Thursday, June 17, 2010

Apple's Snow Leopard patches include outdated Flash Player fix

Apple on Tuesday patched 28 vulnerabilities in is Snow Leopard operating system, including two in Adobe's Flash Player.

But in another example of the tension between the two companies -- sparked by Apple CEO Steve Jobs' rejection of Flash as slow, buggy and obsolete -- Adobe immediately countered by noting that Apple's Flash fixes were already outdated.


Memeo Connect brings Google-hosted cloud storage to desktops

Memeo Connect brings Google-hosted cloud storage to desktops

Demonstrating a seemingly small yet important evolutionary step from today's predominantly desktop-bound world of apps and storage to tomorrow's work of cloud-based IT services, Google partner Memeo has unveiled an intriguing upgrade to its Meme


What VMware sees from a possible buy of EngineYard

It's just a rumor for now, but EMC's VMware unit could be seeking new cloud technology as the company looks to further raise its profile -- in the cloud computing market generally and in the platform services space specifically. The rumored target, according to the GigaOm site: EngineYard.


Google gives admins more control with Commerce Search cloud service

Google will unveil on Thursday what it calls significant improvements to Commerce Search, a cloud-hosted search service that online retailers can sign up for to power their e-stores' search functions.


APB, Maple Story and the future of games

In Los Angeles and then at home this week, I've had a vision of the future of the games industry - and it's not great news for the console-makers. Everything about the industry is moving online - and while the likes of XBoxLive and Sony's PS3 online service are growing rapidly, a host of other players will be promising gamers that they can deliver a better or at least cheaper experience.

People like Dave Jones, who I met at the Los Angeles Convention Centre in a room packed with screens where his team were preparing to show off the fruits of years of work. Dave is a games industry legend, and I think I first met him in 1996, when I visited a small firm in Dundee which was then working on a new title called Grand Theft Auto.

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After selling the business behind GTA, Dave set up a firm called Realtime Worlds which now has offices both in Dundee and in Boulder, Colorado, and has won significant amounts of venture capital backing from Silicon Valley. For the last five years, a team of 200 has been working on a project in line with a philosophy outlined on the company's website like this:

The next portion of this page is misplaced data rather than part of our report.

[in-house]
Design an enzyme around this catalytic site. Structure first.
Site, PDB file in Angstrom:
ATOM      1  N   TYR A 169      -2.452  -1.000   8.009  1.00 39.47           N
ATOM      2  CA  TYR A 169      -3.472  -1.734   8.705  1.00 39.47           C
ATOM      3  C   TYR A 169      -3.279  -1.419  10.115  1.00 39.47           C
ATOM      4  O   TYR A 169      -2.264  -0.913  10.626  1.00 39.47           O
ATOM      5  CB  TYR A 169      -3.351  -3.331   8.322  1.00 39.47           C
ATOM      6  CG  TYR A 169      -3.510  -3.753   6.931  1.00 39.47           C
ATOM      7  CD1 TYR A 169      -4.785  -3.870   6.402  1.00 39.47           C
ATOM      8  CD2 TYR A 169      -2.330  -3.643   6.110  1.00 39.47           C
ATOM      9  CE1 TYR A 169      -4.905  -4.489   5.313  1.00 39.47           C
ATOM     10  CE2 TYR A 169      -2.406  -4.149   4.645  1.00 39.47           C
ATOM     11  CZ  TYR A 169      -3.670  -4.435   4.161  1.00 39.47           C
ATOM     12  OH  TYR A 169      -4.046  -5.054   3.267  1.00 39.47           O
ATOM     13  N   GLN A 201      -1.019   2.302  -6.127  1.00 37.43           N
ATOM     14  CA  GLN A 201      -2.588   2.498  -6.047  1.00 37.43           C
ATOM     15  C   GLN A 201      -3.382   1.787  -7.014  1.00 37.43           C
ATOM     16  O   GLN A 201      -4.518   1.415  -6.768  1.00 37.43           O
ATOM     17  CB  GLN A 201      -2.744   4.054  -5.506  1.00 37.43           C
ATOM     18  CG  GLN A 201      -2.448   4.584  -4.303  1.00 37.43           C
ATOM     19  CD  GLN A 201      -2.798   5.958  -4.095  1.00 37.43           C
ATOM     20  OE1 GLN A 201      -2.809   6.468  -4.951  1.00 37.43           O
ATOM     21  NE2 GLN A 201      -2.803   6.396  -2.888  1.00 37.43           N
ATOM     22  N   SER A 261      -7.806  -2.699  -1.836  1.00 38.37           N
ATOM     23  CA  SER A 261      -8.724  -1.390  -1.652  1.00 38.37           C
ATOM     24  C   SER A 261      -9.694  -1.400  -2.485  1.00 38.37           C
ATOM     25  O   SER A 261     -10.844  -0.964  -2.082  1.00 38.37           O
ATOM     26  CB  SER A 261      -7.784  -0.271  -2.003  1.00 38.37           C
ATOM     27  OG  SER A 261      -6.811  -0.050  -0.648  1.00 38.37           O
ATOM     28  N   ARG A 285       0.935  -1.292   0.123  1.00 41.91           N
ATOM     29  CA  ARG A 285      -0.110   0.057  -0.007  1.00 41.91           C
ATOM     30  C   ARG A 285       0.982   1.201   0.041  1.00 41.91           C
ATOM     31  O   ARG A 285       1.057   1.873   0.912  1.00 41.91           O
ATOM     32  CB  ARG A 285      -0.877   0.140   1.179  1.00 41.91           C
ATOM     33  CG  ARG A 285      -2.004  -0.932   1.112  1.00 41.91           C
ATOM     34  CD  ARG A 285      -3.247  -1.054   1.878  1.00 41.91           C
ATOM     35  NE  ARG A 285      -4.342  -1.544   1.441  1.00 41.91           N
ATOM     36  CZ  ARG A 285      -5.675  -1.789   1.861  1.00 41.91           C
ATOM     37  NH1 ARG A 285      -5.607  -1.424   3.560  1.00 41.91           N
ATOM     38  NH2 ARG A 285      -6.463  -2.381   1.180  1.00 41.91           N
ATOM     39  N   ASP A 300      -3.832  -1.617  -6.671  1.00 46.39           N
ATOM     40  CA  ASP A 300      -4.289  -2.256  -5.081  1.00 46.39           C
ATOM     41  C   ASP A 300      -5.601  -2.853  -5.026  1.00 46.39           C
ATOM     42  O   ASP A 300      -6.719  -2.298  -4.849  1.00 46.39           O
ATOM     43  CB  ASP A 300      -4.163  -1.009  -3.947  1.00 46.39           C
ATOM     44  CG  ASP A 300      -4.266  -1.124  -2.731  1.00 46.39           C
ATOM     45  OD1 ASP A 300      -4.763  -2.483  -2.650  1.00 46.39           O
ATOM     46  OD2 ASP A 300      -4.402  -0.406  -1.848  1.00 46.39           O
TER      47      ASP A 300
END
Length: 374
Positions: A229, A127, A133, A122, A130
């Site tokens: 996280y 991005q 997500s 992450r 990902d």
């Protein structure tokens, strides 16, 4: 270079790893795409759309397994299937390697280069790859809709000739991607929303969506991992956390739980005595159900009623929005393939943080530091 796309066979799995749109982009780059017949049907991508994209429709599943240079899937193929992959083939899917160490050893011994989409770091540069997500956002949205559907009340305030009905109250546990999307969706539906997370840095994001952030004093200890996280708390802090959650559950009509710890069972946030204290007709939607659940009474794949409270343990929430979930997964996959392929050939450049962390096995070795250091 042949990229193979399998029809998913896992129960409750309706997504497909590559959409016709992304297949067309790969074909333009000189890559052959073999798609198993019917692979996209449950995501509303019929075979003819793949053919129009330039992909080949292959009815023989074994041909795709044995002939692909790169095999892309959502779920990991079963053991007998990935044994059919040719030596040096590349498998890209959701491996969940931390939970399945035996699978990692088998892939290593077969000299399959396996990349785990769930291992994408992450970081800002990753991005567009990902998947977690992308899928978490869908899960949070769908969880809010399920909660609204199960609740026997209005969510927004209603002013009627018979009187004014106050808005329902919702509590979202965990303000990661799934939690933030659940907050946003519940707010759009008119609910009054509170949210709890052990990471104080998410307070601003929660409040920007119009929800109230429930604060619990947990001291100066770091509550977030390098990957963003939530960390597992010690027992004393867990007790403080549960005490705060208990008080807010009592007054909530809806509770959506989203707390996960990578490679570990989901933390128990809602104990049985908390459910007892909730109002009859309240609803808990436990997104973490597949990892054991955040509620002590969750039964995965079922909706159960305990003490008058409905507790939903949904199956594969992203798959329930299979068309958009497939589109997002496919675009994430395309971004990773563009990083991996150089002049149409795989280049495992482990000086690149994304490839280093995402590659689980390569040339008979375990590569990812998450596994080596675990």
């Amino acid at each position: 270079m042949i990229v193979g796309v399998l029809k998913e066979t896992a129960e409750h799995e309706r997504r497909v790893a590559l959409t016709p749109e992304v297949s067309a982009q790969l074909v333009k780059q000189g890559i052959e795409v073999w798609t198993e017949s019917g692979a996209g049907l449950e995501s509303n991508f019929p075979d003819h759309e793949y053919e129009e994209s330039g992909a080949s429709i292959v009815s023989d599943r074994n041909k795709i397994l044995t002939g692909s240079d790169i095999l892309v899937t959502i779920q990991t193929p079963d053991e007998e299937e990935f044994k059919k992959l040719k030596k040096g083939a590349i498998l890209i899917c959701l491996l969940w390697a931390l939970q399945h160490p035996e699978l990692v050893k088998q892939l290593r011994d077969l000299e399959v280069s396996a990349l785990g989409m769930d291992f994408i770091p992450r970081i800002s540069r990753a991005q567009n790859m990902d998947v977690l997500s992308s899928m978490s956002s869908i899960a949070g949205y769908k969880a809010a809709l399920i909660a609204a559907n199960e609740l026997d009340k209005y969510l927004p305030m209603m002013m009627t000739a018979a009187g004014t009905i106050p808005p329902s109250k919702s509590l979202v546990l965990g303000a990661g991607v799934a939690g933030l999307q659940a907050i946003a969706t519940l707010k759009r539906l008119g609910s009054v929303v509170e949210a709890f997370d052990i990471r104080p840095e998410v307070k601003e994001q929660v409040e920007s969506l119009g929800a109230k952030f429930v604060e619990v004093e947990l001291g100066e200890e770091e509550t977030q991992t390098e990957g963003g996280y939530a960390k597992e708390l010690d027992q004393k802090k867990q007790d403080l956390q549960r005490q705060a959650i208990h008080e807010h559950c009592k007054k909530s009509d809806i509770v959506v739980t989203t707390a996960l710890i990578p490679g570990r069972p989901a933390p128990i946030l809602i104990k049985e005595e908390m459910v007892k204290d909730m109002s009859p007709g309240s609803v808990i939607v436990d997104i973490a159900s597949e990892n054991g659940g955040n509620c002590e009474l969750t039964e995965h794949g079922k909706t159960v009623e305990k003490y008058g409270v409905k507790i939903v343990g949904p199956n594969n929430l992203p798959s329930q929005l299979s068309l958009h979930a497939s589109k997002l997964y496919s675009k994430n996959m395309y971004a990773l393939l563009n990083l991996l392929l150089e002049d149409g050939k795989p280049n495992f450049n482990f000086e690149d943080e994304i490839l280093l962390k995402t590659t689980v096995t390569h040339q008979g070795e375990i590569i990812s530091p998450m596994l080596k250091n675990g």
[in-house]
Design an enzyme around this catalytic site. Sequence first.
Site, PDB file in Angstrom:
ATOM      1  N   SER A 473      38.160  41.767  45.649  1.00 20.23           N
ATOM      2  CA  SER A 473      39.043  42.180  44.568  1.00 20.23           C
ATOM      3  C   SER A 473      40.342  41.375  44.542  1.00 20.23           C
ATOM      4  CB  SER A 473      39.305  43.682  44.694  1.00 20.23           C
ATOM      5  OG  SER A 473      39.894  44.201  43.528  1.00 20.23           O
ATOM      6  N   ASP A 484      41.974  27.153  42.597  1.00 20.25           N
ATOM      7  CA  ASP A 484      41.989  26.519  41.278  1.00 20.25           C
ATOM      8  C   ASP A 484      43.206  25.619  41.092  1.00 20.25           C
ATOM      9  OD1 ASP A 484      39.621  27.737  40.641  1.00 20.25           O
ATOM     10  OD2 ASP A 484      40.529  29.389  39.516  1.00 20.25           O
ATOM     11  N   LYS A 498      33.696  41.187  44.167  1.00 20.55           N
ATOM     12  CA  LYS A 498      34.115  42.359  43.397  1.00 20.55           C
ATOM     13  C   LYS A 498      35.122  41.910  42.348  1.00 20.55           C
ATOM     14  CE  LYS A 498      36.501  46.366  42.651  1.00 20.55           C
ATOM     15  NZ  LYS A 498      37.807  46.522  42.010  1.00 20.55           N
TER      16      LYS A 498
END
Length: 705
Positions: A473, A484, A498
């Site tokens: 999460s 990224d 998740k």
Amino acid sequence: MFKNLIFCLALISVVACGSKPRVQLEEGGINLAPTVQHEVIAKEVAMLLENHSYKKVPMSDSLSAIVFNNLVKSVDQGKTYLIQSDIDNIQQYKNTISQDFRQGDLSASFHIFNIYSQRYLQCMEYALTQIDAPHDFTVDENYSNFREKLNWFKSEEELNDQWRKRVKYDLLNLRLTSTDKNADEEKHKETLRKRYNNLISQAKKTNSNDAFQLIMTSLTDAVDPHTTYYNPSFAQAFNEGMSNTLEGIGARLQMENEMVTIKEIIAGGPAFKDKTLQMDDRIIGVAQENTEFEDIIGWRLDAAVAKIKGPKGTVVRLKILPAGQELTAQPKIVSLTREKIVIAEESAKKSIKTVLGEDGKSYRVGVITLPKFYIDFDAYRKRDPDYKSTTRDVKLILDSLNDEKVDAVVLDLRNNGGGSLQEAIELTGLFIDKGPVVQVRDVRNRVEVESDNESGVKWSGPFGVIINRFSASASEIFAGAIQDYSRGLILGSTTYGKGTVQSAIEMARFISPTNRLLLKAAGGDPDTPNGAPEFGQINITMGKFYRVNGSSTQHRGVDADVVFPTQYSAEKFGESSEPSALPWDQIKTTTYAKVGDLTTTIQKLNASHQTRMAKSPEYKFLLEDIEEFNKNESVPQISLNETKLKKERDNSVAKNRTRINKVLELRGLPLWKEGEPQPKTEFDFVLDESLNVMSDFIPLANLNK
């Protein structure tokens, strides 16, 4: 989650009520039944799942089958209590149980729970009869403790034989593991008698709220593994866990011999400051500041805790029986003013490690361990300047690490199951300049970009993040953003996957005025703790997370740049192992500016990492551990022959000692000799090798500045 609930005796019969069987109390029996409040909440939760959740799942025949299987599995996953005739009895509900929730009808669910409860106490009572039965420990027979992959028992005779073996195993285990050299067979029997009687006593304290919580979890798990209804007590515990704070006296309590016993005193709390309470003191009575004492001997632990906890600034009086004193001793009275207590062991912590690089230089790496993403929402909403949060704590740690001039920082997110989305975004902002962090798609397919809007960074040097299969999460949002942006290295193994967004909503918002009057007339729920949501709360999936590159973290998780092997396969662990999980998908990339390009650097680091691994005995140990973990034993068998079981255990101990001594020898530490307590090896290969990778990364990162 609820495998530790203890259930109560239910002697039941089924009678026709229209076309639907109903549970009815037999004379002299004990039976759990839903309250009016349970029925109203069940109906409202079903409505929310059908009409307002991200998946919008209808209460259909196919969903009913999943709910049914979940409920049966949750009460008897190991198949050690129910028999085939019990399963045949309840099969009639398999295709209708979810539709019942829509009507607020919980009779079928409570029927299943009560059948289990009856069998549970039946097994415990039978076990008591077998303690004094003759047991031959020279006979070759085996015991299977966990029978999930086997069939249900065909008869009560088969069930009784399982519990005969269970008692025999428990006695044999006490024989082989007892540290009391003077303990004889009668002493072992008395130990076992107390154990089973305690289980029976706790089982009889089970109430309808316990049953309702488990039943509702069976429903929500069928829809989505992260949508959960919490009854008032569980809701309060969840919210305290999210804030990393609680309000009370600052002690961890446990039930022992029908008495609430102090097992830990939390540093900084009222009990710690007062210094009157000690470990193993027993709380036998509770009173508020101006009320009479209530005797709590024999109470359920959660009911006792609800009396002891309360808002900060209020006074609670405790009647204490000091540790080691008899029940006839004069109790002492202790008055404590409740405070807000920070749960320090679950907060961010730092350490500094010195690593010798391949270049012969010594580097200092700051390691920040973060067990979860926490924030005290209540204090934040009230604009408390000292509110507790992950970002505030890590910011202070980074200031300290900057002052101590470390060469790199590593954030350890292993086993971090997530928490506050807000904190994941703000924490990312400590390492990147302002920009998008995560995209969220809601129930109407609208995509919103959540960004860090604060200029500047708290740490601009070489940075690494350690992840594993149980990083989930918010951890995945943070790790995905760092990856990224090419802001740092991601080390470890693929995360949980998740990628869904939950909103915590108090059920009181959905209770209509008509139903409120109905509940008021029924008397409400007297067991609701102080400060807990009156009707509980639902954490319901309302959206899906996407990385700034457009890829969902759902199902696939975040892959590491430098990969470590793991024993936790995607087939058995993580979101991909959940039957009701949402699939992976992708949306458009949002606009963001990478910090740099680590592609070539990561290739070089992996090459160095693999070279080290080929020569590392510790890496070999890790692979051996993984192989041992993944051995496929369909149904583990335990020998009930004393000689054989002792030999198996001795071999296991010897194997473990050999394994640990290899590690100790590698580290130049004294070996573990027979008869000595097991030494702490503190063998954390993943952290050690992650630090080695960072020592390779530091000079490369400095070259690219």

"As avid game players, we believe the future of video games lies in massively multiplayer on-line gaming. Constantly evolving worlds with real players and communities offer an unrivalled experience that many players have yet to enjoy."

The result is APB - All Points Bulletin - which appears to deliver a similar experience to Grand Theft Auto, but exclusively online.

APB is stored in data centres in Europe and the United States and Dave Jones says making that run smoothly has been the biggest issue:

"There's been a great technology challenge to make it possible to have a seamless experience. It allows thousands, perhaps hundreds of thousands of players to connect and play together in a dynamic world."

When the game launches in July, players will pay £34.99 to download it with 50 hours of online play, and can then choose to pay a monthly fee or buy extra time in one-off payments.

It sounds like the model successfully pioneered by World of Warcraft, which has proved hugely profitable for its owners Activision. Realtime Worlds says it has got a twist, enabling gamers to earn extra hours by playing skilfully and by creating virtual goods that other players want.

There seems no reason why the 18-rated game should not win plenty of customers amongst the GTA and Call of Duty crowd, but younger gamers with less money to spend are also finding plenty to entertain them online.

I got home to find an 11-year-old asking me for help in spending £10 of his pocket money in an online world called Maple Story. This is a MMORPG (massively multiplayer online role playing game) created in South Korea seven years ago, which has attracted millions of players around the world who battle monsters and complete quests. It has now apparently become a craze amongst British 11-year-olds, who are abandoning their Wiis to play this and other simple but compelling online games.

Maple Story is free but its makers are generating revenue through a virtual shop where players use real money to buy items for their characters. Anyone who remembers how keen they were at 11 to buy cards, stickers and all sorts of other ephemeral goodies will understand how powerful this kind of craze can be. Nexon, the Korean firm behind Maple Story and other free casual online games, earned revenues of nearly £400m last year.

So two examples of online games which are finding new ways of getting users to spend their money. But gamers do not have unlimited cash, and every pound that goes to APB or Maple Story is money that won't be spent on games for the Wii, the Xbox 360, or the PS3.


Starbucks to offer Wi-Fi for free (Christopher Null)

Christopher Null - Dadgummit, I remember the old days when you had to bust out a credit card or buy a burger in order to hop on the Wi-Fi network at your local retail or dining establishment.


Wednesday, June 16, 2010

20 Windows 7 quick tips and tricks for IT admins

Administrators are constantly learning these days. Server virtualization, desktop VDI, Exchange, SharePoint -- it's a never-ending barrage of new material to take in.